They set off for Las Vegas to relax and celebrate. Instead, they experienced bloodshed — some firsthand — of the worst mass shooting in modern American history.
The unthinkable happened Sunday to a number of people with southwest Ohio roots, including Todd Riley, a 1988 Kenton Ridge High School graduate, and a Germantown couple celebrating their fifth wedding anniversary.
As Riley was in line for a drink at the Route 91 Harvest country music festival, gunshots rained down.
“All of a sudden, we heard, pop, pop, pop,” he said. “Then there was a brief pause and it was automatic fire.”
Moments later in the pandemonium Riley felt his own leg burning, a sensation quickly forgotten as a woman in front of him collapsed to the ground, shot in the chest, he said.
“At this point, (the gunman’s) just spraying the crowd,” said Riley, who was also trying to locate his fiancee in a mass stumble for cover.
Riley and another man found shelter for the woman, performed CPR and attempted stop her bleeding. A third lifted her into a wheelbarrow and pushed her toward safety.
Then Riley collapsed from his own injuries.
“No one will ever know the nightmare of what these people went through and what they witnessed,” said Rita Riley, Todd’s mother, who still lives in Springfield. “You don’t think to experience that at a concert.”
Carnage becomes clear
Jen and Zach Rupert of Germantown were in Las Vegas for a long weekend celebrating their fifth wedding anniversary. They were at a street-level bar as shots rained down from a 32nd floor of the Mandalay Bay hotel room - on the same floor as their room.
“At first there were reports of multiple shooters at multiple hotels and we didn’t know what to do so we hunkered down,” said Jen Rupert. “It’s tragic that one person can do that to so many people.”
After the shooting stopped, the Ruperts left the bar to seek shelter in a nearby food court where the severity of the night’s carnage became clearer: they heard a bloodied man tell another through his phone that despite giving CPR to a victim the person died.
“Even the police officers were saying if you go out there we can’t guarantee your safety,” Jen Rupert said. “Thankfully we were not in the hotel. You start thinking about every decision you make when something like this happens and how one choice could lead to something different.”
‘It’s going to weigh on him’
Back at the festival site, a man applied a tourniquet to Riley’s leg and taken to a hospital for treatment. The school principal was hit by shrapnel in the calf, knee, thigh and belly.
As he left the hospital, he passed the young woman he performed CPR on at the concert. It appeared she didn’t survive, Riley said.
“I’m sore, emotionally and physically,” he said Tuesday from his home in Thornton, Colo. where he is receiving further medical attention.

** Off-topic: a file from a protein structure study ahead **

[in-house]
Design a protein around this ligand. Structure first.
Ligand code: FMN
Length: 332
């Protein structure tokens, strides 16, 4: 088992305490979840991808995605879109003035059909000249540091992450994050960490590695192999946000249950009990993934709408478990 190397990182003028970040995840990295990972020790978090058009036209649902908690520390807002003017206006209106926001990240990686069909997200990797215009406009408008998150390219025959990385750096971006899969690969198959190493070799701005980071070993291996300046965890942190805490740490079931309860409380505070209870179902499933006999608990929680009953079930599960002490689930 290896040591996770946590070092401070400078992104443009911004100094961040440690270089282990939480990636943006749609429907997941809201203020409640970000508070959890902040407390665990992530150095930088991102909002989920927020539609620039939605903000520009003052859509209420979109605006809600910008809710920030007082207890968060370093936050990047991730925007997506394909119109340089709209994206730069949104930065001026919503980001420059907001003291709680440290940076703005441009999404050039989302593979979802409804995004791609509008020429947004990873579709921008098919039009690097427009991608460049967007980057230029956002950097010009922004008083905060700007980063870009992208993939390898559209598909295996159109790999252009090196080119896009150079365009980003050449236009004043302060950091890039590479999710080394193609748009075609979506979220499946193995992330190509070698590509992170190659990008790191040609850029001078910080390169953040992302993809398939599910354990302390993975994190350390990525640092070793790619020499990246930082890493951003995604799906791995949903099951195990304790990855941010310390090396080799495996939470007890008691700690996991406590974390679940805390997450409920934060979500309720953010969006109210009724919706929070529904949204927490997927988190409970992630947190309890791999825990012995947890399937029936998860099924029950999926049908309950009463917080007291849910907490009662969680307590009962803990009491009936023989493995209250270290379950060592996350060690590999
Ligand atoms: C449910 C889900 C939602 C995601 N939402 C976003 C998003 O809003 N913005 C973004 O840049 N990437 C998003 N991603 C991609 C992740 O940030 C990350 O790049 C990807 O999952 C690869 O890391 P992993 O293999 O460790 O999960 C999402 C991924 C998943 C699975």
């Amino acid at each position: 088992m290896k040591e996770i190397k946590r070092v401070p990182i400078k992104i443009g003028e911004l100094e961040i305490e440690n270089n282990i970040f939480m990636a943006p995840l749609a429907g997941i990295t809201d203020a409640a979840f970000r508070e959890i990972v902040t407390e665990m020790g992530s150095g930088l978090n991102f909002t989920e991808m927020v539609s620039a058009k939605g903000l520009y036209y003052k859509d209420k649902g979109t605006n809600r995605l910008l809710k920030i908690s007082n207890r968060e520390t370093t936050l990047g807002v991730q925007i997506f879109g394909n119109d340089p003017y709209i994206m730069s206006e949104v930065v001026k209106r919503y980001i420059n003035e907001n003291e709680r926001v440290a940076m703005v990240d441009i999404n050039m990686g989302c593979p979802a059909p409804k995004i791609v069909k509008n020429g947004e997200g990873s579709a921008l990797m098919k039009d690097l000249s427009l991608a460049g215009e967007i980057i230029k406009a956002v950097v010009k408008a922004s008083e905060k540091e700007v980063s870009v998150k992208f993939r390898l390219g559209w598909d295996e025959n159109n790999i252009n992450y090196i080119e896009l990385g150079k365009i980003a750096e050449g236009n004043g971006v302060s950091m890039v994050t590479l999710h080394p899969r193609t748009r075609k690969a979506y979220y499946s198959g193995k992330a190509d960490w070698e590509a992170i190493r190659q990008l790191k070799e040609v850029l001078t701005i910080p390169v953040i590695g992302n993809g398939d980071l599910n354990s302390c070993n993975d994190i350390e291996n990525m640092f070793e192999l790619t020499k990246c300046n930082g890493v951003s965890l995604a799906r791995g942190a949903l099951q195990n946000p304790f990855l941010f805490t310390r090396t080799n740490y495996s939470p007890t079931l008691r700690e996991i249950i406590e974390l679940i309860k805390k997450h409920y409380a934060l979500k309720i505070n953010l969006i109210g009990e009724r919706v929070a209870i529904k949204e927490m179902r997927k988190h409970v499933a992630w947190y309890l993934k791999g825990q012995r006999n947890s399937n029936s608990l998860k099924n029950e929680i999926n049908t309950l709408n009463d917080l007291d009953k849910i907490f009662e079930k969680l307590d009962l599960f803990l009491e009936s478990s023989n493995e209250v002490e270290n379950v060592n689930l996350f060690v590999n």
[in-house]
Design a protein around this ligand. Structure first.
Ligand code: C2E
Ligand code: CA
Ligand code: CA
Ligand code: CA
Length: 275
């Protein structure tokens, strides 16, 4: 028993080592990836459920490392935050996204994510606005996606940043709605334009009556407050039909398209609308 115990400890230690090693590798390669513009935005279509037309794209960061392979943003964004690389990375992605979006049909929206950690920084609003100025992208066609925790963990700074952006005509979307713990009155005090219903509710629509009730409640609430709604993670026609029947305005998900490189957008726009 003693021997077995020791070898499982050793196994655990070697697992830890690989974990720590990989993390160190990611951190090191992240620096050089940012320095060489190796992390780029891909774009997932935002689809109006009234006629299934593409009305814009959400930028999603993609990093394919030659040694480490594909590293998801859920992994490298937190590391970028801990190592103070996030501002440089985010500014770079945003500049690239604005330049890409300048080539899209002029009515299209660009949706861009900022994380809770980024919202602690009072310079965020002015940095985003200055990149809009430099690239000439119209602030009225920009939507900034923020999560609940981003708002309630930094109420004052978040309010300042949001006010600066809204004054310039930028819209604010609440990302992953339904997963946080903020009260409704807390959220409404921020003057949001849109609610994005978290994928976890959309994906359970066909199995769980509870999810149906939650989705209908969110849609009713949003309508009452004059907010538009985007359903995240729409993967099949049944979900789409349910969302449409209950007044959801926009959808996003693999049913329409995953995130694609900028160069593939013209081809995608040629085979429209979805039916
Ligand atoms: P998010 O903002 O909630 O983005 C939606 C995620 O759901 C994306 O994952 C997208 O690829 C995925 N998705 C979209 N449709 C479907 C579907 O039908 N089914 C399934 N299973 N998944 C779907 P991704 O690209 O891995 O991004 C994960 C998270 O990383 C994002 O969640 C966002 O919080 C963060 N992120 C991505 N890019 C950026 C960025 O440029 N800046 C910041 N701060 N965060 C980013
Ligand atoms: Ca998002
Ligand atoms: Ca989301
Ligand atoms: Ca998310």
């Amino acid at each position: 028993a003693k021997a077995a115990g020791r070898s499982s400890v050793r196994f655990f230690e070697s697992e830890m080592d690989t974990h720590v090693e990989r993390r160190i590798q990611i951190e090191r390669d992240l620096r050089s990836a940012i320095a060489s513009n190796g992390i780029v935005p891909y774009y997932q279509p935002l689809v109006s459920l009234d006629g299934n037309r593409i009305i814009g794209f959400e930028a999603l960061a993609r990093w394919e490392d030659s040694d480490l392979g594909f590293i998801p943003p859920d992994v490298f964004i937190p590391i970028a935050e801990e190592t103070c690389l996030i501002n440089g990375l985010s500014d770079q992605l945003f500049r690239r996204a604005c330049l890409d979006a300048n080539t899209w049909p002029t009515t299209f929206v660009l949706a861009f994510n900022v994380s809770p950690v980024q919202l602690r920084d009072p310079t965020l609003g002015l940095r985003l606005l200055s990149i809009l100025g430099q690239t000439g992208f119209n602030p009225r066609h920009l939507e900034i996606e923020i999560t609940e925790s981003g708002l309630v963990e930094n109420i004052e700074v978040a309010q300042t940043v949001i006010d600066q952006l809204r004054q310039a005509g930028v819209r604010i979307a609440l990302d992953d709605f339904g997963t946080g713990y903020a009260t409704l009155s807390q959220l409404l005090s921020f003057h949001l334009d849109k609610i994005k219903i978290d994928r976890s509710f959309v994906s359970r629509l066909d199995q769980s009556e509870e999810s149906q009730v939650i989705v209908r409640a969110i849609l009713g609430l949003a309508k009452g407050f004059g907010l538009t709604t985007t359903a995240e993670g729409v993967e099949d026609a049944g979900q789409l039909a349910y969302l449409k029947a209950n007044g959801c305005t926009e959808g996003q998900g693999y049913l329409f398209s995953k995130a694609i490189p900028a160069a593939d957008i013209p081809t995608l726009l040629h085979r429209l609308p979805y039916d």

But Rita Riley said her son’s greatest wound may be his inability to save the woman’s life.
“I think it’s going to weigh on him for a while,” Rita Riley said. “I think that’s going to be the hardest thing for him to heal from. He tried his best.”
Bullets ‘meant for me’
Emotional trauma will be a serious concern not only for victims and survivors of the Las Vegas shooting, but also for ordinary citizens struggling to comprehend why such terrible events occur, say those who work in the mental health field.
The resulting shock, sorrow, anger and fear that make it difficult for some to view the world as anything but a more dangerous place than it was before the shooting, said Ann Stevens, spokeswoman for Montgomery County Alcohol, Drug Addiction and Mental Health Services.
“We may never get answers that are satisfactory to our questions,” Stevens said. “But there are things that you can do to help yourself process all of this.”
Centerville psychiatrist Dr. Kathy Platoni knows firsthand what victims and those affected by shooting are struggling with, including survivor’s guilt.
In 2009, Platoni was stationed at Fort Hood, Texas when a gunman opened fire and killed 13 people while wounding 30 others. Although she was on the shooter’s hit list, she happened to be out of the room while the shooting occurred.
“I still live with the fact that several of those rounds were meant for me,” Platoni said. “I’ve tried to grow from that and rise to every challenge in terms of treating as many people who go through this traumatic event.”
Platoni treats patients dealing with PTSD, the onset of which doesn’t necessarily require being a direct participant in a traumatic event, she said. “It can also traumatize friends and family people who see it over and over again on the news.”
It’s easy for a person — and especially young people — to become overwhelmed by the overexposure to information following mass shootings and lead to stress as well as negative and pessimistic feelings, Stevens said.
“Seeing frightening images repeatedly can be traumatic for children, so talking about what they have seen and limiting exposure is important.”
Talking to others who are supportive will typically help many cope with fears and concerns arising from harrowing events, Stevens said. But some may want to seek professional counseling. In Montgomery County, a referral can be obtained by calling Crisis Care at 937-224-4646.
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